Eagles Wake-Up Call: D-Line Doing Work

Photo by: Jeff Fusco.

Photo by: Jeff Fusco.

Chip Kelly was asked earlier this week about how he defines a selfless player.

“I think always putting the goal of the team win ahead of anything. That’s really the most important thing about being a selfless player,” he said, before referencing a Brent Celek anecdote.

But then Kelly went on to use another example.

“Are you the type of guy that’s just a great two‑gap run stopper and does an unbelievable job?” he asked. “You don’t get the statistics that may show up sometimes and everybody says ‘Well, geez, he didn’t have a good game because he didn’t have a sack.’ But he literally controlled the line of scrimmage and did an unbelievable job. Sometimes being a great two‑gapper allows the linebacker to make the tackle. But you don’t get credit for that. Are you in it to get individual credit or are you in it to win the game? The more people you have like that, the better off you’ll be as a team overall.”

Those two-gappers Kelly mentioned have quietly been the foundation of a defense that ranks 11th overall and ninth against the run by Football Outsiders.

Fletcher CoxBennie Logan and Cedric Thornton have combined for zero sacks, yet they’ve been three of the more consisent players on the Eagles’ defense – specifically against the run.

Part of their job is to two-gap and allow the Eagles’ inside linebackers to fly to the football. But defensive line coach Jerry Azzinaro and others on the staff emphasize that they want the defensive linemen to shed blocks and make tackles. Through six games, they are doing just that.

Logan is seventh among defensive linemen and second among nose tackles with 24 tackles. Cox is 13th among defensive linemen with 22 tackles and has been the Eagles’ most disruptive player on that side of the ball. Even though he has yet to notch a sack, his pass-rush has improved, and Cox has forced opposing QBs off their spot on several occasions.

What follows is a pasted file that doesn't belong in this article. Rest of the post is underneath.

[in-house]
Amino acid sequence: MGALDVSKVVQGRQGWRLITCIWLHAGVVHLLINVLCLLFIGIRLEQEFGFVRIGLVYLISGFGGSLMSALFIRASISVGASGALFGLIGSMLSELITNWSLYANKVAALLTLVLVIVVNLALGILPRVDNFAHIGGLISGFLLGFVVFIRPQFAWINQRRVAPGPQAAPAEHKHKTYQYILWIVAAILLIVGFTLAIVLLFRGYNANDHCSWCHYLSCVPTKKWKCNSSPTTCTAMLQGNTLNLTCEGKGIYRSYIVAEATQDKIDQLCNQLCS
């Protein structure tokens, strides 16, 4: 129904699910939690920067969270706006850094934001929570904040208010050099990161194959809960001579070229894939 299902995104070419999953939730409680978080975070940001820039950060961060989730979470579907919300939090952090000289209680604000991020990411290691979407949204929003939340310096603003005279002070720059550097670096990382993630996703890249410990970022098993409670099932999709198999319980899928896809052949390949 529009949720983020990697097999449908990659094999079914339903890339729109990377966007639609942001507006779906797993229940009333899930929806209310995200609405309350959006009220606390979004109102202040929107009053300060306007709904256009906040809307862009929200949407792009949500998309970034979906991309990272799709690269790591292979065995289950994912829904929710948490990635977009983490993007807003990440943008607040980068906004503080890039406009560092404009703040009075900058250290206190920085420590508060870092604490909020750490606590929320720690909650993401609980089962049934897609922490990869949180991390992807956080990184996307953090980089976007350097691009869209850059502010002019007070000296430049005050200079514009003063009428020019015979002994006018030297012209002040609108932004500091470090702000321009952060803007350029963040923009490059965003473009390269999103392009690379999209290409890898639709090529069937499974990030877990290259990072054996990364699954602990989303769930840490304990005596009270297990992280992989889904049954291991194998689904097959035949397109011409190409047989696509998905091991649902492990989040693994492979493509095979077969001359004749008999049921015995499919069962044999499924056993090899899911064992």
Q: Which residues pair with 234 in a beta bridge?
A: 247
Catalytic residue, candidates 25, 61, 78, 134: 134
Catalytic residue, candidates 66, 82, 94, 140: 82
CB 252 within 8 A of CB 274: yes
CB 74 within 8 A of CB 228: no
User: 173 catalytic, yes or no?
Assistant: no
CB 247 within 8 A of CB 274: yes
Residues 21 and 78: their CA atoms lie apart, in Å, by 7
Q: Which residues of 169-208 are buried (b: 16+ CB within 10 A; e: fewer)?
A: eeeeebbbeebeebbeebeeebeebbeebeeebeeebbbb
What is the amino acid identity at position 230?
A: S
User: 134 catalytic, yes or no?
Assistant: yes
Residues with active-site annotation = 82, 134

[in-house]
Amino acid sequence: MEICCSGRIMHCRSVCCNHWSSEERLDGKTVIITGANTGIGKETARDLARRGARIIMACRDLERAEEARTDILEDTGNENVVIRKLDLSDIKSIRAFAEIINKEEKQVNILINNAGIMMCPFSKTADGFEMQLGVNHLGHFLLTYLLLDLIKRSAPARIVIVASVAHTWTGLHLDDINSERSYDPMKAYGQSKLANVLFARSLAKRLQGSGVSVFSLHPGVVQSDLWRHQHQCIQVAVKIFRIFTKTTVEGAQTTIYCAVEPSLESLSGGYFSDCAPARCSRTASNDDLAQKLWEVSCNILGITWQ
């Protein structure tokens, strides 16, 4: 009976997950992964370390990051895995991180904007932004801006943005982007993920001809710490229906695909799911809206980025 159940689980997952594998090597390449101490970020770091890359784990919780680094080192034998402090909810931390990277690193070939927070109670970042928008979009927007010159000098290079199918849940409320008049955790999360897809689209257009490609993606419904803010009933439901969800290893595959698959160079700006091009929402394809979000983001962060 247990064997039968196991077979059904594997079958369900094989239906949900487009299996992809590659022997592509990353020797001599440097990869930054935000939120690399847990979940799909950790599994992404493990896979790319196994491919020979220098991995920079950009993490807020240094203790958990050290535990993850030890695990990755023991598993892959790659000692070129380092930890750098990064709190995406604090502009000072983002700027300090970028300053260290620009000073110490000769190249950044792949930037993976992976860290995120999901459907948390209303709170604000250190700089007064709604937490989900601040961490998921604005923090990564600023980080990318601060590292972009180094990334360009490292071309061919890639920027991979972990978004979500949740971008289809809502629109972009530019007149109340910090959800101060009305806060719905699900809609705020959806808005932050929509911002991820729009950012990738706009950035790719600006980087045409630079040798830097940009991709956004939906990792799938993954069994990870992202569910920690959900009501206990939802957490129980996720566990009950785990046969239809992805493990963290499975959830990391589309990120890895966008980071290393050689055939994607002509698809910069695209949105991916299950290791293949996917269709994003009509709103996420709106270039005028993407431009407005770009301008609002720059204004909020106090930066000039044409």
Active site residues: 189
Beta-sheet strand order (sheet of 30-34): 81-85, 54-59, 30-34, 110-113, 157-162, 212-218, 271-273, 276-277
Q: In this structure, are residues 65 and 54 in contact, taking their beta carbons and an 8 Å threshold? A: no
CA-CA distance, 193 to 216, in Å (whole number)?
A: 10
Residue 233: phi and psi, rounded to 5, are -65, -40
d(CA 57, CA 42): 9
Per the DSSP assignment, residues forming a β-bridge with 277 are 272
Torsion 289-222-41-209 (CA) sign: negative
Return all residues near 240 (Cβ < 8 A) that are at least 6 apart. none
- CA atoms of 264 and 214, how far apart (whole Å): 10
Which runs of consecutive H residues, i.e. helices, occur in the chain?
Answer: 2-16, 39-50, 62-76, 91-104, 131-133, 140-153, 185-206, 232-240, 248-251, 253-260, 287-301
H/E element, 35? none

Thornton, meanwhile, has 22 tackles as well (T-13th among defensive linemen), continuing the mark of consistency he set in 2013.

The only other team with three defensive linemen in the top-15 in tackles is the New York Jets.

Logan and Thornton have played 54.3 percent and 60.4 percent of the snaps, respectively. Logan generally comes off the field for Brandon Boykin in sub packages. And Thornton is often replaced by Vinny Curry, who has four sacks on the season.

Courtesy of Football Outsiders:


Backup two-gappers Beau Allen and Brandon Bair have played better the last couple of weeks as well.

Guys like Connor Barwin and Malcolm Jenkins have received plenty of much-deserved pub in the first six games, but the Eagles’ defensive linemen have quietly set the tone on what’s been an improved front seven.


We take an All-22 look at a new wrinkle that sparked the Eagles’ run game.

In T-Mac’s Twitter Mailbag, he addresses Nick Foles‘ play and whether the QB is holding the Eagles back from being a legitimate contender.

McManus weighs in on Barwin and the sack surge.


Tommy Lawlor of Iggles Blitz discusses how the defense is using Curry this season:

Vinny Curry had 4 sacks last year. He’s already got 4 this year. The coaches know how to use him this year and Curry is making plays.

The funny thing is that a couple of those sacks are gifts. One time he was unblocked. Another time the QB ran out of bounds and Curry was the closest defender. Curry has nothing to apologize for, though. He is incredibly disruptive on a regular basis. Sometimes he draws penalty flags. Other times he gets held, but there are no calls. Sometimes Curry forces the QB to move or rush a throw. Curry shows up on tape.

It will be interesting to see if he wants to leave in free agency so he can play in a 4-3 or if he’s now happy as a backup / specialist in the Eagles 3-4 scheme.

Paul Domowitch of the Daily News explains why Zach Ertz has played fewer snaps the past two weeks:

He wants to catch 80 passes a year. He wants to go to Pro Bowls. He wants to be mentioned in the same breath with the best tight ends in the game.

He believes he has that kind of talent. His coaches believe he has that kind of talent.

If you saw his incredible, diving touchdown catch in the first quarter Sunday night against Giants cornerback Dominique Rodgers-Cromartie, you know he has that kind of talent.

What is holding Ertz back right now is the same thing that holds back a lot of young tight ends: his blocking ability.

In the Eagles’ first four games, Ertz played 64.5 percent of the offensive snaps. In the last two against the Rams and Giants, only 40.9 percent.


We’ll roll out a progress report for where the Eagles are at the bye week.